Netherlands -
flinty sandstone
ECOS, Frome, Somerset
European Community Of Stone

Home Geology in West Country blog Contact us

Flinty sandstone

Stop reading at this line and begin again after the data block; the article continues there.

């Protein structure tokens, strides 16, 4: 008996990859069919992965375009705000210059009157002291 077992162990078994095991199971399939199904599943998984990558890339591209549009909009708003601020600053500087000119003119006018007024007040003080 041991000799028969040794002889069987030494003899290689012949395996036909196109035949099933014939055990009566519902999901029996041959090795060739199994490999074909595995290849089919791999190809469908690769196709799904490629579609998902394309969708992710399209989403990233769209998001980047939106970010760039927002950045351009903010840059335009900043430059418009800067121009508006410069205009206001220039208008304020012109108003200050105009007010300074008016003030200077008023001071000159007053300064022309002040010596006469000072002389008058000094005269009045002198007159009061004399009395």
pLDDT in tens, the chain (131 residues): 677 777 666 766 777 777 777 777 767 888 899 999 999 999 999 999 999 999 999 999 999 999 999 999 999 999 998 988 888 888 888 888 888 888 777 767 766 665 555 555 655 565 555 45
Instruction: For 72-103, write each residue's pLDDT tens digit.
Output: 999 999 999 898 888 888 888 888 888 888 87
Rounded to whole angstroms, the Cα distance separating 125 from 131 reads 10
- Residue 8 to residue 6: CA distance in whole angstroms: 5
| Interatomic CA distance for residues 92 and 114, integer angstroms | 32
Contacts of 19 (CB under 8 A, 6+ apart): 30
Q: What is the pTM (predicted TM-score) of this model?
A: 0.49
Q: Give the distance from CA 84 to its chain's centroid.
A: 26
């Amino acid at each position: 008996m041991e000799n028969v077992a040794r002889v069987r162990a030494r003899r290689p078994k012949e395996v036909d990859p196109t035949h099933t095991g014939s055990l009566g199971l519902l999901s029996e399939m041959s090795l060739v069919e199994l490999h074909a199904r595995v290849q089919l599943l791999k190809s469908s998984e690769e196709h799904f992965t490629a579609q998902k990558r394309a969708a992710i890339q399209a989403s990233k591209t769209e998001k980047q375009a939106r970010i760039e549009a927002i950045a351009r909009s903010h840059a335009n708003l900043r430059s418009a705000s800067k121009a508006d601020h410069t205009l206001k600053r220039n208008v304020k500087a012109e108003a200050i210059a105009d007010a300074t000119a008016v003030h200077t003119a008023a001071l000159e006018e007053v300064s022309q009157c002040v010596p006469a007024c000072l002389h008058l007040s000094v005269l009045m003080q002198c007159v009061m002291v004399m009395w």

About the rock: This monolith is a brown-crusted rock, mottled with orange-yellow patches and is simply called ‘flint’. It certainly is flinty in nature and very, very hard but a grain texture can be seen when it is studied with a hand lens. In this country we would call the rock ‘sarsen’, like those of Avebury and Stonehenge. This rock is Neogene or Pleistocene in age and was formed from sands which covered a vast area of the Low Countries. Like the formation of UK sarsens, these sands were locally consolidated when silica-rich springs bonded the grains into a tough sand rock; hard and flinty, perhaps one of the toughest of rock types. Once again, this detail can be debated! Place of origin: When it came to the Netherlands, it would be a fair question to ask, ‘What stone occurs in Holland that could stand up to Mendip weather?’. This would be to forget Maastricht and the quite hilly region of the Netherlands where it borders the Belgian Ardennes, from where this rock originates.